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Should You Call the Police Immediately After an Accident?

If you have been in a motor vehicle accident, you may be wondering if you should call the police. Especially if it was just a fender bender, it may seem like a waste of time to file a police report.

Each state has different requirements for when a traffic crash report should be taken by a police officer. Our Largo car accident lawyers are here to discuss when you need to contact the police, what is included on a police report, and how insurance claims work in Florida.

Florida Law on Police Reports

Contacting the Police

The police do not need to be contacted if you are involved in a minor crash. Under Florida law, a crash must be reported to law enforcement if any of the following applies:

Self-Reporting an Accident

If none of these circumstances apply, you can self-report the accident on the Florida Highway Safety and Motor Vehicles website. You can complete the form online, by mail, or by stopping at the nearest police station or Florida Highway Patrol location.

This must be done within the first ten days of the accident. Again, you are only allowed to self-report if there were no injuries or property damage resulting from the collision. After 60 days, the report will be accessible to the public.

What is Included in a Police Report?

Now that we have established when you need to contact the police following an accident let us go over what information is on a police report.

A police report will contain the following:

Advantages of a Police Report

If you make a personal injury claim, your insurance company will want to see a police report. As discussed, a police report includes vital information pertaining to your accident.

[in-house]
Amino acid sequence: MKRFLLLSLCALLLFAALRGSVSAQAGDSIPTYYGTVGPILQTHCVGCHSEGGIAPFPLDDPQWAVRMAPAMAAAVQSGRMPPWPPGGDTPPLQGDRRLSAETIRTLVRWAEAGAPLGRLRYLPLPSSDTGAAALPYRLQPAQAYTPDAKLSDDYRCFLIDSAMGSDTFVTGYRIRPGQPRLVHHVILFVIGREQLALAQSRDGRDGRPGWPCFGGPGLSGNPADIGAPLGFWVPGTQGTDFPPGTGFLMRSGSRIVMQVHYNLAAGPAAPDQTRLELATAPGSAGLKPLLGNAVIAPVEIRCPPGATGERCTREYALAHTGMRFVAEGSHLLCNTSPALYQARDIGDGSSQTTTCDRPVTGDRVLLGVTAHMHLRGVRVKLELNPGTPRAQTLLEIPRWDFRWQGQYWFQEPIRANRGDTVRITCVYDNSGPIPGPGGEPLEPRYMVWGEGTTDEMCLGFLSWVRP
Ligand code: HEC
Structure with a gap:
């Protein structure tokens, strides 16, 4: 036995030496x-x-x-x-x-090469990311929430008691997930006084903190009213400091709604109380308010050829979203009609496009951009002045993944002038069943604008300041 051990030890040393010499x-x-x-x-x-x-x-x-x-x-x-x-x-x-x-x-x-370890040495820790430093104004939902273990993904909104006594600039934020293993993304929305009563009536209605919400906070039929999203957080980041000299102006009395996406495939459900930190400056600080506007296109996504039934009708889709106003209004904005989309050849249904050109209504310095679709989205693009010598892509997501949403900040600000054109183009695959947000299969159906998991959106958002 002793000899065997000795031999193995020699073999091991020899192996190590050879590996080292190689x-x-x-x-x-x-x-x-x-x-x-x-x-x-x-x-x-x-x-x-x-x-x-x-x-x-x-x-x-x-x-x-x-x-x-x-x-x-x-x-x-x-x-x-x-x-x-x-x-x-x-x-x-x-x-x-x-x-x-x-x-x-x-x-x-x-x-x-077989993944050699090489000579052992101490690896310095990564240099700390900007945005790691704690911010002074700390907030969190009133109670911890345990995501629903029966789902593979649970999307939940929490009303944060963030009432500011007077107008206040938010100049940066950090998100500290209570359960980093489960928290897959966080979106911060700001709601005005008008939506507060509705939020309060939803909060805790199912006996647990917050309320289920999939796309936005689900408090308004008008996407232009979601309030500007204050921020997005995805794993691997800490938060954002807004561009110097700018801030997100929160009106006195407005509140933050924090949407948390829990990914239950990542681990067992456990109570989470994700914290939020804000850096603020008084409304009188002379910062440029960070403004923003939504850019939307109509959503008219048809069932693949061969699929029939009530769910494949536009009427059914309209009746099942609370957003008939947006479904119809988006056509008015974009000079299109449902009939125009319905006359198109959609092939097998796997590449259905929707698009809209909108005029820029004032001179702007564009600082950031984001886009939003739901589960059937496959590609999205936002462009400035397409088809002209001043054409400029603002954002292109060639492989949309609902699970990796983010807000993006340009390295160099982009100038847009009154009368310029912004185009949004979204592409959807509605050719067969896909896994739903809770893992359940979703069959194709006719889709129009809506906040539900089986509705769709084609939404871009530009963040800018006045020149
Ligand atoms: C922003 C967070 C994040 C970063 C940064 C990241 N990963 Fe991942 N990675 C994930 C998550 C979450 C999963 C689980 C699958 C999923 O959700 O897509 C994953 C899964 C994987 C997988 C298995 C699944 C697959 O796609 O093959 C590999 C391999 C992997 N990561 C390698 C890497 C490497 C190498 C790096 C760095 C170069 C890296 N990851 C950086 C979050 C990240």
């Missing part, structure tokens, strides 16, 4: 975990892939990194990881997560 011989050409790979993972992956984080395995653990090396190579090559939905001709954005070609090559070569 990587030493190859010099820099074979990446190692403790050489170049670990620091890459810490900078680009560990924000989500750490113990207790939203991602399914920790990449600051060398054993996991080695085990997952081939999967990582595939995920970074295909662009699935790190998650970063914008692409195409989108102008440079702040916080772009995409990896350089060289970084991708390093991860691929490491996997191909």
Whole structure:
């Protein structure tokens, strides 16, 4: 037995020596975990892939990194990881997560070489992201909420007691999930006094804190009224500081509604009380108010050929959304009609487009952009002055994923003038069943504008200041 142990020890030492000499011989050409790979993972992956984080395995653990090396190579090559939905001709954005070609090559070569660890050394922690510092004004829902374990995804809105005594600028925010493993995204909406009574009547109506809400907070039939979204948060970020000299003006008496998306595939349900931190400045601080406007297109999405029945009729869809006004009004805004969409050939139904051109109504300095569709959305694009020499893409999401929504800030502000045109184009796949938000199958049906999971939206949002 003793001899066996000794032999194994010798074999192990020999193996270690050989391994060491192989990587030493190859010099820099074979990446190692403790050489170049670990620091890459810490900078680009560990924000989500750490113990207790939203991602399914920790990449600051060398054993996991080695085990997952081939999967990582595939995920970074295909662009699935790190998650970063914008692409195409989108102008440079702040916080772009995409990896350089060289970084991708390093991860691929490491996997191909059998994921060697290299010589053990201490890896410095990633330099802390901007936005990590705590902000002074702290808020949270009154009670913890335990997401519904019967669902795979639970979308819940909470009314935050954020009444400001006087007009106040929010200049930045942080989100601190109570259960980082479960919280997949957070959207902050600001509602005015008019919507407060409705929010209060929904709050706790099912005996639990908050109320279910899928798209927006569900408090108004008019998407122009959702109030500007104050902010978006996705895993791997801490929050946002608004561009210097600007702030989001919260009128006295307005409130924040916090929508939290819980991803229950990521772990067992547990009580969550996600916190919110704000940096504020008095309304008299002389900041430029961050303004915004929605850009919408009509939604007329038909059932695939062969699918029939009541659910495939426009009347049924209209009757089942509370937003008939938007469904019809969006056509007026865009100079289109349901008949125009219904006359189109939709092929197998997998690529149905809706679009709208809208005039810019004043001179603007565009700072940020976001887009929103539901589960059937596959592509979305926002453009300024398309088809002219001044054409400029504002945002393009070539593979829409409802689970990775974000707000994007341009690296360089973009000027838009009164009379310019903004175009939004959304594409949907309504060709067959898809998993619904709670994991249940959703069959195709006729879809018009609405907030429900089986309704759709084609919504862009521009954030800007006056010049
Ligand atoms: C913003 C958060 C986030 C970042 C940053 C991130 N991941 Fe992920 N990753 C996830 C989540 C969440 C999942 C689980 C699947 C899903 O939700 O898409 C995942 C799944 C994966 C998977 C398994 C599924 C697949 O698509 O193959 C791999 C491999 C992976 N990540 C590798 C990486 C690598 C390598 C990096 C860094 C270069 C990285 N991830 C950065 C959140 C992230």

A traffic crash report holds more weight than self-reporting an accident. If you did suffer injuries, having a report prepared by a police officer will likely make it easier for your auto insurer to compensate you.

Unlike a self-report, a police report is prepared by an impartial third party, which can increase the likelihood of a successful claim.

How Do I Make an Injury Claim?

Since Florida follows the laws of no-fault insurance, each driver will need to file a claim with their own auto insurer, regardless of fault.

Florida law requires all drivers to carry $10,000 in personal injury protection (PIP). PIP covers 80% of all necessary medical expenses. It doesn't matter who caused the crash; if you were injured in an accident, PIP will cover ambulatory services, medical procedures and treatments, and prescription costs. However, you will be responsible for paying the remaining 20% of your medical bills.

Speak with a Largo Car Accident Lawyer

In the aftermath of a car accident, you may be in a complete daze. It is unlikely that you will be able to think clearly. That is where the assistance of a Largo car accident lawyer can be invaluable. If you have been the victim of a car crash, our attorneys are ready to assist you. Contact us today online or by calling 727-441-9030 to schedule your complimentary consultation.